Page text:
We noticed as far back as in early 1960s, the fruit shops there for example, were sublet many times over so that no one knew who the owners are. As owners changed fast, they lost the usual customers The same situation with the vegetable market at the back. This market became less and less of destination for Mysuru shoppers.
    Local places like Nanjumalige, then was the preferred destination for vegetables and fruits, with vendors bring them fresh every day from nearby villages.
    Mysuru has lost its iconic status and so are the buildings mentioned in the article. No surprise at all.

  2. Nagarika says:

    The Mysore I knew as a boy, was a nice and beautiful place to live. There were “iconic” commercial and residential buildings with unique architecture. Some of the houses were really beautiful with wonderful names. As the above letter states, the place was peaceful and the people were kind.

    Over the years, corruption, neglect, and incompetence of the city administration has resulted in the haphazard growth of commercial buildings, apartment complexes destroying many classic buildings. The way things are going, Mysuru will be a heritages city in name only.

    I cry for my beloved Mysuru!

    • Manava says:

      Those days of past, Bangaloreans used to laugh at Mysoreans asking how can any one live in such a peaceful city, and take life with a measured sense of calmness, without understanding that the standard of life in Mysore was that much superior, in a City which did not experience the growing pains of Bangalore. Although, many in Mysore were angry when the Akashvani was relocated to Bangalore by Kengal Hanumanthiah, then CM, arguing that Bangalore was the Capital City of the then Mysore state. It was a blessing actually, as that City experienced galloping uncontrolled growth.
      Agree that successive incompetent city administration did not help, but then they were under orders from the State government of politicians who never appreciated the unique place of Mysore in the history of the State. Mysoreans too did not agitate for recognition of this City as a Heritage Place, given the rich history of Wadiyars, who made the place their abode after the defeat of Tippu Sultan.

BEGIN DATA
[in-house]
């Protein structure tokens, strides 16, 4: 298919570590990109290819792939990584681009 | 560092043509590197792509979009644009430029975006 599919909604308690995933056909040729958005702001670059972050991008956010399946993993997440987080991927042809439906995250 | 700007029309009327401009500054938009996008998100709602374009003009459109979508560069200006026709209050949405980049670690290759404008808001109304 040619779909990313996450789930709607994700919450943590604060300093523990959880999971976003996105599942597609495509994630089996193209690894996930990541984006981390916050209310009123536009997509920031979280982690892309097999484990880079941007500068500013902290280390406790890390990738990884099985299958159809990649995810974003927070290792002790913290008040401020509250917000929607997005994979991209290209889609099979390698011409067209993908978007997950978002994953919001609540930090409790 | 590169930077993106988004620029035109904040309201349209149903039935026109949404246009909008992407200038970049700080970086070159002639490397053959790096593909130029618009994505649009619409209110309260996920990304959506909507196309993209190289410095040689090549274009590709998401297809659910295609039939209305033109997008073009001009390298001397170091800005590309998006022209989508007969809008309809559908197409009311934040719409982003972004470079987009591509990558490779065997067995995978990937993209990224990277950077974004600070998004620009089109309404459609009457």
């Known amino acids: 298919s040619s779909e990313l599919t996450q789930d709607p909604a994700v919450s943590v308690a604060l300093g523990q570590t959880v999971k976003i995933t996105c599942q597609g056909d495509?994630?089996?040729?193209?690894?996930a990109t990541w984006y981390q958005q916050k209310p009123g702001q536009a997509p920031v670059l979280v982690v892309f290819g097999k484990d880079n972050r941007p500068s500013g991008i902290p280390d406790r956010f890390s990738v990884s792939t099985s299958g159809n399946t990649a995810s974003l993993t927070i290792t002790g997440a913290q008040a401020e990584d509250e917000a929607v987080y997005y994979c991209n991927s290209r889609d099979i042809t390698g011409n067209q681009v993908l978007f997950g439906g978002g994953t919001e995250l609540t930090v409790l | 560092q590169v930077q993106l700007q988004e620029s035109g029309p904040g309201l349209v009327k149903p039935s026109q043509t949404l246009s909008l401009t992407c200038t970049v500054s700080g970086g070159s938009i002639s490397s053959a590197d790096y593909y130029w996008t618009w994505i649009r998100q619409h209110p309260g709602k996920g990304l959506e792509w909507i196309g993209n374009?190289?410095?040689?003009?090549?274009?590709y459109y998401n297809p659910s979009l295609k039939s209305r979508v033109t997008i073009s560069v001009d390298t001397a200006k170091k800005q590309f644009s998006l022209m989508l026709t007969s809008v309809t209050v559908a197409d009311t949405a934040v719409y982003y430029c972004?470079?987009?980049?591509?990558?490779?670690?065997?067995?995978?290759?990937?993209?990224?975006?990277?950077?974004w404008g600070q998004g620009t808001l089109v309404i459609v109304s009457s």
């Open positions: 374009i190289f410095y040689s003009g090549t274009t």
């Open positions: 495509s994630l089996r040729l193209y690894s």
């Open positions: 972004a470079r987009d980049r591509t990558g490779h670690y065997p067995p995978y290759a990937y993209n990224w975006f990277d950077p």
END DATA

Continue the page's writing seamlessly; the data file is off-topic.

Yes, weeping for beloved Mysuru is the only option left!

  3. thethreewisemen says:

    In our opinion Devaraja Market is not iconic unlike the Dufferin Clock Tower opposite with its connection to Maharaja Chamaraja Wadiyar, who received the then Viceroy Lord Dufferin, and erected this beautiful clock tower to commemorate this visit in 1886. Hence, it is appropriate to append the heritage status to it. As for the Lansdowne building, as a poster put it above, the structure was already in a state of dilapidation even in 1960s, as its purpose was fast disappearing.
    Devaraja Market made sense in Mysuru of the early half of 20th Century, when people after their office day came for their vegetable and fruit shopping. Then, even residential extensions like Yadavagiri and Saraswathypuram did not spread much, and hence, the Market was reachable by foot or with a just few stops in the bus. That is to say that Mysuru was a modest size city then, with its density of population at the lower end of the scale, just like the population situation in India then.
    Looking at Mysuru of 2018 with its ever growing population and more residential extensions coming up in greater Mysuru for miles from this Market, with local markets springing up, this Market building cannot function as it did before. At best, it is sensible to renovate and maintain its frontal architecture to remind Mysorean of today, its importance in a bygone era. It makes sense to encourage the expansion of local markets in residential layouts, where the residents there could shop within a walking distance.